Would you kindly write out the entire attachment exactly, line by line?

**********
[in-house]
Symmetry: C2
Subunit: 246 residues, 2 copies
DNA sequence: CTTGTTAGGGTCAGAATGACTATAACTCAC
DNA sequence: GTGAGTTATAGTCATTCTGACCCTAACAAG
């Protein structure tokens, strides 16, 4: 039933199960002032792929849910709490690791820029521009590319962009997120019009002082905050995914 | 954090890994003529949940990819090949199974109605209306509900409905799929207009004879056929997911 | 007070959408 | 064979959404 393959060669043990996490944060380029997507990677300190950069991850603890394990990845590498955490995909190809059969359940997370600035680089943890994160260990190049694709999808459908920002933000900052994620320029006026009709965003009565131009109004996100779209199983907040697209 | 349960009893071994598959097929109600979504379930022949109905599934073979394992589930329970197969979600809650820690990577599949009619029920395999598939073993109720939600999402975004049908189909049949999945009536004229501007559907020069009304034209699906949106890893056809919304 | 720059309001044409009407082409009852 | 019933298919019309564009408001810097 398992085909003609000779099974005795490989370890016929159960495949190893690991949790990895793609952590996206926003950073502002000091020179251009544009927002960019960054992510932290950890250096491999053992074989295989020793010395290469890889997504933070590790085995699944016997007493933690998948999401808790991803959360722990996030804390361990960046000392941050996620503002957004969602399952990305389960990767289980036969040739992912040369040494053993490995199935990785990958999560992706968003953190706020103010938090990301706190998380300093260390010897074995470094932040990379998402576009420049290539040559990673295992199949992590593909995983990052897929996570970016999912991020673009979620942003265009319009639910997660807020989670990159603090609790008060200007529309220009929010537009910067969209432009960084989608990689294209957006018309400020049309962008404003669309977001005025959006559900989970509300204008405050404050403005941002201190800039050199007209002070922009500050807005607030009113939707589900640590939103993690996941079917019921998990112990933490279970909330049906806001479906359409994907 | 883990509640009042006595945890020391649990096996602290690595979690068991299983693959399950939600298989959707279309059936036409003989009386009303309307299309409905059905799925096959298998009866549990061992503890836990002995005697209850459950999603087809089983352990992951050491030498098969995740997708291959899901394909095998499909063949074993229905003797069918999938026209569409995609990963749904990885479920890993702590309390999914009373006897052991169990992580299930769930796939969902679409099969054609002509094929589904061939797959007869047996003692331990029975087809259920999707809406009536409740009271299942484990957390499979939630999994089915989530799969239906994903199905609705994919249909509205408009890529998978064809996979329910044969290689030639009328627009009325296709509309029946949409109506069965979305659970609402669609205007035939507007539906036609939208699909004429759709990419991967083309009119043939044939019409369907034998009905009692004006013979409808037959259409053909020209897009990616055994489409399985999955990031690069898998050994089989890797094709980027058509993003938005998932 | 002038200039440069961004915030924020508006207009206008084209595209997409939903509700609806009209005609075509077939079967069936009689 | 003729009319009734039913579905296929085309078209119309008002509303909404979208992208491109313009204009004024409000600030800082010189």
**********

[in-house]
Symmetry: C2
Subunit: 246 residues, 2 copies
DNA sequence: CTTGTTAGGGTCAGAATGACTATAACTCAC
DNA sequence: GTGAGTTATAGTCATTCTGACCCTAACAAG
């Protein structure tokens, strides 16, 4: 039933199960002032792929849910709490690791820029521009590319962009997120019009002082905050995914 | 954090890994003529949940990819090949199974109605209306509900409905799929207009004879056929997911 | 007070959408 | 064979959404 393959060669043990996490944060380029997507990677300190950069991850603890394990990845590498955490995909190809059969359940997370600035680089943890994160260990190049694709999808459908920002933000900052994620320029006026009709965003009565131009109004996100779209199983907040697209 | 349960009893071994598959097929109600979504379930022949109905599934073979394992589930329970197969979600809650820690990577599949009619029920395999598939073993109720939600999402975004049908189909049949999945009536004229501007559907020069009304034209699906949106890893056809919304 | 720059309001044409009407082409009852 | 019933298919019309564009408001810097 398992085909003609000779099974005795490989370890016929159960495949190893690991949790990895793609952590996206926003950073502002000091020179251009544009927002960019960054992510932290950890250096491999053992074989295989020793010395290469890889997504933070590790085995699944016997007493933690998948999401808790991803959360722990996030804390361990960046000392941050996620503002957004969602399952990305389960990767289980036969040739992912040369040494053993490995199935990785990958999560992706968003953190706020103010938090990301706190998380300093260390010897074995470094932040990379998402576009420049290539040559990673295992199949992590593909995983990052897929996570970016999912991020673009979620942003265009319009639910997660807020989670990159603090609790008060200007529309220009929010537009910067969209432009960084989608990689294209957006018309400020049309962008404003669309977001005025959006559900989970509300204008405050404050403005941002201190800039050199007209002070922009500050807005607030009113939707589900640590939103993690996941079917019921998990112990933490279970909330049906806001479906359409994907 | 883990509640009042006595945890020391649990096996602290690595979690068991299983693959399950939600298989959707279309059936036409003989009386009303309307299309409905059905799925096959298998009866549990061992503890836990002995005697209850459950999603087809089983352990992951050491030498098969995740997708291959899901394909095998499909063949074993229905003797069918999938026209569409995609990963749904990885479920890993702590309390999914009373006897052991169990992580299930769930796939969902679409099969054609002509094929589904061939797959007869047996003692331990029975087809259920999707809406009536409740009271299942484990957390499979939630999994089915989530799969239906994903199905609705994919249909509205408009890529998978064809996979329910044969290689030639009328627009009325296709509309029946949409109506069965979305659970609402669609205007035939507007539906036609939208699909004429759709990419991967083309009119043939044939019409369907034998009905009692004006013979409808037959259409053909020209897009990616055994489409399985999955990031690069898998050994089989890797094709980027058509993003938005998932 | 002038200039440069961004915030924020508006207009206008084209595209997409939903509700609806009209005609075509077939079967069936009689 | 003729009319009734039913579905296929085309078209119309008002509303909404979208992208491109313009204009004024409000600030800082010189």